CENTRAL MANITOULIN – With the cancellation of a planned multi-use complex in Mindemoya due to a failure to secure provincial funding, the Municipality of Central Manitoulin was left pondering what to do with the $503,000 in funds the town had allocated for their share of the project costs.
A recommendation from the September 8 property committee moved by Mayor Richard Stephens and Councillor Rose Diebolt called for council to re-allocate “funds for the unsuccessful application for a new recreation centre to other projects within the municipality.”
Councillor Angela Johnston said she was okay with the motion in principle, but did not like the wording. She pointed out that the funds in question were not specifically tied to the recreation centre.
Mayor Stephens suggested that although the funding had been set aside for the recreation centre as a high priority at the time, the funds should now go back into the general fund “to be allocated as we see fit.”
Councillor Dale Scott said he understood where Councillor Johnston was coming from, pointing out that the originally received funding the town had allocated to the rec centre project actually pre-dated that project. “The decision to apply for the (rec centre) funding didn’t occur until afterwards,” he said. “The money was there for upgrading the arena.”
Mayor Stephens noted that the budget process will be underway in the next couple of months.
Councillor Johnston said that she did not want the council to forget the community’s recreational needs “just because we didn’t get the funding; I don’t like the feeling that because we didn’t get funding ‘so that’s done’.”
“I hope it’s not forgotten,” said Mayor Stephens.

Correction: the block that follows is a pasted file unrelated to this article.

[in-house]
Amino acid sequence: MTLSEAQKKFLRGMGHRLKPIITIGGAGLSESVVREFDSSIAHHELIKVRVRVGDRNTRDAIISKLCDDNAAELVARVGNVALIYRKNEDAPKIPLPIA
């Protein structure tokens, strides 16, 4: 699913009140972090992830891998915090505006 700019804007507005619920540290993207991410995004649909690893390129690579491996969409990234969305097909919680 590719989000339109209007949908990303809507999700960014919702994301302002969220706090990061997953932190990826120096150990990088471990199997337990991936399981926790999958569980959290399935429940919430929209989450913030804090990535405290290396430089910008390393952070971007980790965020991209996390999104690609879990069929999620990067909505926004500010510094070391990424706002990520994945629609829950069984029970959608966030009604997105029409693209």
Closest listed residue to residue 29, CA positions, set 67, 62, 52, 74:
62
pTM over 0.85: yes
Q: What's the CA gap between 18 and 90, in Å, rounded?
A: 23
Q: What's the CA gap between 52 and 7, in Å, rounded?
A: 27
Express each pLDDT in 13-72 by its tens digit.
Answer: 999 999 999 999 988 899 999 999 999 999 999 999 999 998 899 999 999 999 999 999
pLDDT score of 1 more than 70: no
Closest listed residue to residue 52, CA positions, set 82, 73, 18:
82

Councillor Rose Diebolt asked whether Councillor Johnston’s concerns arose from the inclusion of the words “other projects.”
Councillor Steve Shaffer sought to refresh council’s memory by noting that the funds in question were not tied to the envisioned recreation centre and were discussed in 2019. “Council was in discussions at the time to put it into infrastructure,” he said. “We decided to put it into reserve until we had a plan. Then, lo and behold, the opportunity for a grant appeared—the first time in years—so we hired a consultant to put in an application to the government. At no time when we put it into reserves did we say it was strictly for the recreation centre. I was told at the time we could move money around.”
“I believe infrastructure is high priority in this community,” continued Councillor Shaffer, pointing out that the municipality has buildings that need to be modernized, citing handicapped access as an example. “I do not like the idea of putting it in the general coffers when we have major projects. I do not support taking money out of reserves.”
“It’s all in the same account,” countered Mayor Stephens, pointing out that the budget line items are just words on paper at council’s discretion.
But Councillor Derek Stephens said he agreed with Councillor Shaffer, citing a concern that if the funds were moved into the general coffers they could end up being used for something else.
“We need to go for some kind of recreation,” he said, noting that handicapped access to the arena facilities and new dressing rooms have been identified. “If you put it into general coffers, sometimes it just goes to lower taxes. I think $500,000 isn’t enough, but it is a start.”
Councillor Stephens suggested setting the funds into a capital infrastructure fund.
Councillor Johnston agreed with Councillors Stephens and Shaffer.